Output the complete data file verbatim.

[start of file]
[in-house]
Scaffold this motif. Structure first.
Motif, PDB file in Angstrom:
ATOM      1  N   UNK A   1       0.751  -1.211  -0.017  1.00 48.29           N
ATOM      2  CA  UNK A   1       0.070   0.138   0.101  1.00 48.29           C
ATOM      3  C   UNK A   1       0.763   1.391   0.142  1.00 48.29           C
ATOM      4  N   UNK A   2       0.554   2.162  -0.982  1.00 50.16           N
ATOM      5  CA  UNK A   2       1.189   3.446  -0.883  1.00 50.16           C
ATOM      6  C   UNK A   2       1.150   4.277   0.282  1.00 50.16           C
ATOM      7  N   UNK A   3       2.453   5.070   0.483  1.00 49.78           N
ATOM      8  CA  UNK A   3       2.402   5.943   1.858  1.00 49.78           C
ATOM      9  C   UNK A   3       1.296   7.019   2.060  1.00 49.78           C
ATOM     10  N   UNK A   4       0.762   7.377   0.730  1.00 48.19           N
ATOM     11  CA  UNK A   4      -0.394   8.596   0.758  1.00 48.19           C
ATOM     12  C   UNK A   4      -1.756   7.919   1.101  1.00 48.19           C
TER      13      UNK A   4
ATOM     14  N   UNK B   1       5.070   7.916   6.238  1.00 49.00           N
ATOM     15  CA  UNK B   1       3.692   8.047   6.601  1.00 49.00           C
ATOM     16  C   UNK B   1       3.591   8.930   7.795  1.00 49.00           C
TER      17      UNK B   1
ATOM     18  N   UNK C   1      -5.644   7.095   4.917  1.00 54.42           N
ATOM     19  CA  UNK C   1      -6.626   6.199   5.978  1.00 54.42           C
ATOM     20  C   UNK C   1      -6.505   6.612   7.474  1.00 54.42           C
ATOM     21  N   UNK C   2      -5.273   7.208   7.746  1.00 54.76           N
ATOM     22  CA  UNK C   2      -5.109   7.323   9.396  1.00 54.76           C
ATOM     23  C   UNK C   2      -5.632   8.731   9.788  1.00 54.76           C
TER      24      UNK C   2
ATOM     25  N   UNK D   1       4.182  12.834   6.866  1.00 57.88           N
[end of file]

[in-house]
Scaffold this motif. Structure first.
Motif, PDB file in Angstrom:
ATOM      1  N   UNK A   1       0.751  -1.211  -0.017  1.00 48.29           N
ATOM      2  CA  UNK A   1       0.070   0.138   0.101  1.00 48.29           C
ATOM      3  C   UNK A   1       0.763   1.391   0.142  1.00 48.29           C
ATOM      4  N   UNK A   2       0.554   2.162  -0.982  1.00 50.16           N
ATOM      5  CA  UNK A   2       1.189   3.446  -0.883  1.00 50.16           C
ATOM      6  C   UNK A   2       1.150   4.277   0.282  1.00 50.16           C
ATOM      7  N   UNK A   3       2.453   5.070   0.483  1.00 49.78           N
ATOM      8  CA  UNK A   3       2.402   5.943   1.858  1.00 49.78           C
ATOM      9  C   UNK A   3       1.296   7.019   2.060  1.00 49.78           C
ATOM     10  N   UNK A   4       0.762   7.377   0.730  1.00 48.19           N
ATOM     11  CA  UNK A   4      -0.394   8.596   0.758  1.00 48.19           C
ATOM     12  C   UNK A   4      -1.756   7.919   1.101  1.00 48.19           C
TER      13      UNK A   4
ATOM     14  N   UNK B   1       5.070   7.916   6.238  1.00 49.00           N
ATOM     15  CA  UNK B   1       3.692   8.047   6.601  1.00 49.00           C
ATOM     16  C   UNK B   1       3.591   8.930   7.795  1.00 49.00           C
TER      17      UNK B   1
ATOM     18  N   UNK C   1      -5.644   7.095   4.917  1.00 54.42           N
ATOM     19  CA  UNK C   1      -6.626   6.199   5.978  1.00 54.42           C
ATOM     20  C   UNK C   1      -6.505   6.612   7.474  1.00 54.42           C
ATOM     21  N   UNK C   2      -5.273   7.208   7.746  1.00 54.76           N
ATOM     22  CA  UNK C   2      -5.109   7.323   9.396  1.00 54.76           C
ATOM     23  C   UNK C   2      -5.632   8.731   9.788  1.00 54.76           C
TER      24      UNK C   2
ATOM     25  N   UNK D   1       4.182  12.834   6.866  1.00 57.88           N